|Panel organiser(s) will be presenting
|In-Person / Online
|Number of paper presentations
To see when the panel starts and where to watch it scroll down or click here.
Natural disasters, political instability, and severe environmental circumstances account for East Africa’s high number of forced migrants . The case is further heightened in countries with significant drivers of migration such as poverty, conflict, harmful legislation, and regressive urbanization. One significant driver is the creation of anti-homosexuality laws. Currently, A significant movement of persons from Uganda to Kenya is currently observed by the existing community-based structures in Kenya.
Prior to these legislation processes, the impact of changes in laws was observed in refugee status determination processes. Asylum seekers who identify as LGBTQI+ persons are discriminated and, in some cases, the process is halted completely. Consequently, LGBTQI+ asylum seekers experience arbitrary arrests and unlawful detentions, barriers in access to justice; limited employability and livelihood challenges (high cost of living); unequal access to essential health services; and inadequate participation during the development of the humanitarian efforts.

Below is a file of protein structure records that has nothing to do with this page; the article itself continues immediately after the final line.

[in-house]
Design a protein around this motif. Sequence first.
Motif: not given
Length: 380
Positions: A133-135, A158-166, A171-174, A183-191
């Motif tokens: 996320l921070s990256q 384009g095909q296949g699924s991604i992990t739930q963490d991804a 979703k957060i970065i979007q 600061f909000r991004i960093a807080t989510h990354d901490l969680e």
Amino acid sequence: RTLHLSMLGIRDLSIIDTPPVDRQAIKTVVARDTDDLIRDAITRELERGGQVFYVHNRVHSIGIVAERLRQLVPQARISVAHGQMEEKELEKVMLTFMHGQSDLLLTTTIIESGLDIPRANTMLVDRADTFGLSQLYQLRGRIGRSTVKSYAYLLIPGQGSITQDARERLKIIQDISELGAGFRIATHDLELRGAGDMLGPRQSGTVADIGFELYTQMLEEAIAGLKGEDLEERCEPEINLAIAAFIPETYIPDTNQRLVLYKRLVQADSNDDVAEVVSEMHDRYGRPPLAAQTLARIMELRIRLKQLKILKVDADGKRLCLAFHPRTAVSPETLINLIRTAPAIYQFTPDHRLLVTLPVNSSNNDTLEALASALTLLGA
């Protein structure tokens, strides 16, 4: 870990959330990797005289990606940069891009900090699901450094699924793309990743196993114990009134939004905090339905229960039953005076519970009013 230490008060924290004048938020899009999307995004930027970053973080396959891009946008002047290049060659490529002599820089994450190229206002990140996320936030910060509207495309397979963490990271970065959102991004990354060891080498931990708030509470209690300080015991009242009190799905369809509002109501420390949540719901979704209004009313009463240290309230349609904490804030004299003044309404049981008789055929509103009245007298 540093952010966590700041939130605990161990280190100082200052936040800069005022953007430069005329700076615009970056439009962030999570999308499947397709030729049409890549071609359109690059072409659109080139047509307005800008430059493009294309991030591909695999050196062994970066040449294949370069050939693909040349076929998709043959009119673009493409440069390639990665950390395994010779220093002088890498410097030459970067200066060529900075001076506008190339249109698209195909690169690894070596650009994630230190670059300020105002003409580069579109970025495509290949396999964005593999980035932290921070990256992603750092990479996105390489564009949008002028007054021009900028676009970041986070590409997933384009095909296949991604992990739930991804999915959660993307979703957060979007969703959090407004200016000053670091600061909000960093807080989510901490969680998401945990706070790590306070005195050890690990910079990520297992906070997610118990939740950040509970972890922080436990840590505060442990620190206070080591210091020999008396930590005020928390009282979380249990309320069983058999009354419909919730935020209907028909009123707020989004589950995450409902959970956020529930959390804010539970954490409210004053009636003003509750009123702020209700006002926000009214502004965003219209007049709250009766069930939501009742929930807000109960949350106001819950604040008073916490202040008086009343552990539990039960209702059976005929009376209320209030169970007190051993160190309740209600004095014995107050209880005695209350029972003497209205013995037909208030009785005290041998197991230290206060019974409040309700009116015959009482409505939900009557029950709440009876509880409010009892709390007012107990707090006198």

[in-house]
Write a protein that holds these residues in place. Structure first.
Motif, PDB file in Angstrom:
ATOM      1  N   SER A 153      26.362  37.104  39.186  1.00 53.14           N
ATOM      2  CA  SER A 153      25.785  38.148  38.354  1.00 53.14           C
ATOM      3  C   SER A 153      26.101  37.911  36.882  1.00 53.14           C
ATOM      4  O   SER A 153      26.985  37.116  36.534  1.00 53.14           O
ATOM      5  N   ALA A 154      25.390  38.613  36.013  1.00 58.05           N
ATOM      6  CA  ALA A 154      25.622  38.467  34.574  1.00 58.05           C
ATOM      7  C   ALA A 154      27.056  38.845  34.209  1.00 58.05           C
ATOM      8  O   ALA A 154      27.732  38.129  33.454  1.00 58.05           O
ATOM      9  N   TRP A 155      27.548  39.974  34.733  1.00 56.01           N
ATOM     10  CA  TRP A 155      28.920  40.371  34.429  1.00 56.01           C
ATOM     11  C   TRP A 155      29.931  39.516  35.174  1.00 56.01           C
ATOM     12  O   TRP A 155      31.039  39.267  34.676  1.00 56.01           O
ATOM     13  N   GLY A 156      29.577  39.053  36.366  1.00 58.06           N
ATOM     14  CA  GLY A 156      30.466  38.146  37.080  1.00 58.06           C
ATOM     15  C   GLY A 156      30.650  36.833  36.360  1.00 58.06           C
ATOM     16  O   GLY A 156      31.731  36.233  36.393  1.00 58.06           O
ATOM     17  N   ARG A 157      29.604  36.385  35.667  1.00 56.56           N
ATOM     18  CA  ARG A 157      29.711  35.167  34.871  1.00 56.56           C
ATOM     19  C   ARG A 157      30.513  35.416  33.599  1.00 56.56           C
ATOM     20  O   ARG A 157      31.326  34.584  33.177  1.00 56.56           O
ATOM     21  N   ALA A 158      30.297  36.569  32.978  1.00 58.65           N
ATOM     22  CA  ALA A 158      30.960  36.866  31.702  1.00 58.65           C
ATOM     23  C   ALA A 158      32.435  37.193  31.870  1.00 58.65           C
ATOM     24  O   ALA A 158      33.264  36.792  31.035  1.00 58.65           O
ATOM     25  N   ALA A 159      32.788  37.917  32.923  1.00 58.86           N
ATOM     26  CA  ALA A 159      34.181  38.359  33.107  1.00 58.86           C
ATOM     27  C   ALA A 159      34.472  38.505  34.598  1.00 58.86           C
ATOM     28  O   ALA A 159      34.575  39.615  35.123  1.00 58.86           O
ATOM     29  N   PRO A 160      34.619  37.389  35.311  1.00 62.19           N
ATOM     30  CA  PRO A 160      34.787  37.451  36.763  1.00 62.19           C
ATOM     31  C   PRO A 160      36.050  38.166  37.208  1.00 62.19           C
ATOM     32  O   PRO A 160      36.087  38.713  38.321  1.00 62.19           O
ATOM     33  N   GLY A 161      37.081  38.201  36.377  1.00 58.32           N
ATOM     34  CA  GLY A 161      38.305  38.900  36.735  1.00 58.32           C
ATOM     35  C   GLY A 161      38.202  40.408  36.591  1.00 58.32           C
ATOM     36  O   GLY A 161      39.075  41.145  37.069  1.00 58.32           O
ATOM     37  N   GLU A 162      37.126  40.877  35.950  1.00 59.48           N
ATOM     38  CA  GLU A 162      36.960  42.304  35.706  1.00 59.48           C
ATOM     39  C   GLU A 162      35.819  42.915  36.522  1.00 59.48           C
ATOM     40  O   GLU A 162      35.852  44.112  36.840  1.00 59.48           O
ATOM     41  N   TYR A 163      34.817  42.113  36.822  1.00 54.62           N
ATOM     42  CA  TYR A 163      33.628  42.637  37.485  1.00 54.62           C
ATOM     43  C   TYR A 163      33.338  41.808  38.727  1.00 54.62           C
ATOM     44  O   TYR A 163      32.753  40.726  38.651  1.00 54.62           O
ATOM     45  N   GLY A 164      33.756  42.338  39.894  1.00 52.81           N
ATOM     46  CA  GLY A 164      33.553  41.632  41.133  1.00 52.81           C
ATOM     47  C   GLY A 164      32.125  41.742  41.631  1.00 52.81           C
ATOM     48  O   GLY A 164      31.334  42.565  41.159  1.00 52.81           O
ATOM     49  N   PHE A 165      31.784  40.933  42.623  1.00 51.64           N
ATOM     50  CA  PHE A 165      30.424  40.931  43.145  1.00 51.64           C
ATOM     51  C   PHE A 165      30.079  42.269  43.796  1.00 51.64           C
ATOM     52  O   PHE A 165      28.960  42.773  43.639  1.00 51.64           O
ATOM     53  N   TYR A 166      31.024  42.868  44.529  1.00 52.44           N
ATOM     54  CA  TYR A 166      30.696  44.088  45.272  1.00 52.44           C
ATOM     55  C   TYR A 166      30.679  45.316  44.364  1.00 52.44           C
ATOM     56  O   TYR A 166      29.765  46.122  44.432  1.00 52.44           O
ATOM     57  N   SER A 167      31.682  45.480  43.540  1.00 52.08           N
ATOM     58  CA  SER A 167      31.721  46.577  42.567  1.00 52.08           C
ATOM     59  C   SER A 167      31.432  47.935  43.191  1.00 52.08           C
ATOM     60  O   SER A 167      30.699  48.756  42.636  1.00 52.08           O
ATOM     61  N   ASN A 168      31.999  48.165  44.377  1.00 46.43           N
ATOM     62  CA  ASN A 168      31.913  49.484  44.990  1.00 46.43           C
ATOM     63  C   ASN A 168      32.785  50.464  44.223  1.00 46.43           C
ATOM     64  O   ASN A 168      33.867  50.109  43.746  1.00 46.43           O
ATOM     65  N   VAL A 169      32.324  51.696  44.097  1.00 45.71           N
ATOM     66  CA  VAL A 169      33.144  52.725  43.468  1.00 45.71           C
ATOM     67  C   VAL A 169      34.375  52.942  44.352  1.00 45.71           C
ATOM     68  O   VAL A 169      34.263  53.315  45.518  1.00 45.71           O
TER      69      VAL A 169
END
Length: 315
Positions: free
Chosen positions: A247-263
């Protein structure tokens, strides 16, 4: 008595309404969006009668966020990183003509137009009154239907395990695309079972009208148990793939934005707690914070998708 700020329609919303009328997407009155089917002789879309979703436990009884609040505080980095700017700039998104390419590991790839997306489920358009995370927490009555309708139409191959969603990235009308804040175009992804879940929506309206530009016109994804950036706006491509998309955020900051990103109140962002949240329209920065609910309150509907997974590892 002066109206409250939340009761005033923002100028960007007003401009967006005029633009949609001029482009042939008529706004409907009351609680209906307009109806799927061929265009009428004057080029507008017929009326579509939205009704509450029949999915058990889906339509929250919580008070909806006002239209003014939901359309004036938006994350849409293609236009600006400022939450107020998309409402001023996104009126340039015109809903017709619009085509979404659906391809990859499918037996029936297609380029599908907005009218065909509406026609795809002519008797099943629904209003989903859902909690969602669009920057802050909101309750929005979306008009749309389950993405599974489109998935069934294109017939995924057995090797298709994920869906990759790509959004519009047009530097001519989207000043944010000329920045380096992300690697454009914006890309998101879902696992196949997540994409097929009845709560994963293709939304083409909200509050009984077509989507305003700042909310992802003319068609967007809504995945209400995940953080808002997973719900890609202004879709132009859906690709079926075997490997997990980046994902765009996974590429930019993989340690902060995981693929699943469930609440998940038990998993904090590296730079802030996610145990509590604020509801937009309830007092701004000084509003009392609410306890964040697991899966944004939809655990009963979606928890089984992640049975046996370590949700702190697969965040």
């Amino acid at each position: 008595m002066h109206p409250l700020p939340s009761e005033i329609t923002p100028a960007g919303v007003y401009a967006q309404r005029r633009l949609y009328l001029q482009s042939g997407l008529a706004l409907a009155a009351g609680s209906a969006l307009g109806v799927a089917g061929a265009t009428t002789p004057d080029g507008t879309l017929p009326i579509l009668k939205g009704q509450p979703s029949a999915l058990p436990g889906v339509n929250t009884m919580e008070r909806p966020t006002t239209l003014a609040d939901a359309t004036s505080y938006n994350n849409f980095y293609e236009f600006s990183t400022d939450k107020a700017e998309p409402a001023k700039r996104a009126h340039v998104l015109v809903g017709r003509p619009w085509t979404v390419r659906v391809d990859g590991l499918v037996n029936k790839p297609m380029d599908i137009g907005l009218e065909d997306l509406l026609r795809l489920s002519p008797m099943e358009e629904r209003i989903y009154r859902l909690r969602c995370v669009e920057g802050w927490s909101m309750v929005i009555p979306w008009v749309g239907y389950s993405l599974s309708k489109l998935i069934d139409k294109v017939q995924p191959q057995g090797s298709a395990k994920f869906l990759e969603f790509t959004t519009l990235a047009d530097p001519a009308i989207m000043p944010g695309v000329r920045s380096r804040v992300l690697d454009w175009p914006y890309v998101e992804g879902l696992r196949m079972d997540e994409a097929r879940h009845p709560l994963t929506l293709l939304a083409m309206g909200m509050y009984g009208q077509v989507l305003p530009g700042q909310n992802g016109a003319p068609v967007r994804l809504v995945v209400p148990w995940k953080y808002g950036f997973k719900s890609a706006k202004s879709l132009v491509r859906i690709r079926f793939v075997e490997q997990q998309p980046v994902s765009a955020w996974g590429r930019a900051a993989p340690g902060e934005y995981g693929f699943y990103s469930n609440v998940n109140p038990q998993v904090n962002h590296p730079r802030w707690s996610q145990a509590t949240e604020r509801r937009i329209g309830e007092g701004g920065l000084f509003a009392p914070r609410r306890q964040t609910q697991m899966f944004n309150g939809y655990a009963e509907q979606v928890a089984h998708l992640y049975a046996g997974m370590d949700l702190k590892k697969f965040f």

This panel invites papers which seek to explore the effects of changes in law and policies targeting LGBTQI+ persons on migration trends in East Africa and the coping strategies of affected persons on the move amidst new constraints during and after migration. We welcome submission from academics, practitioners and activists, in particular, submission from individuals with lived experience is encouraged.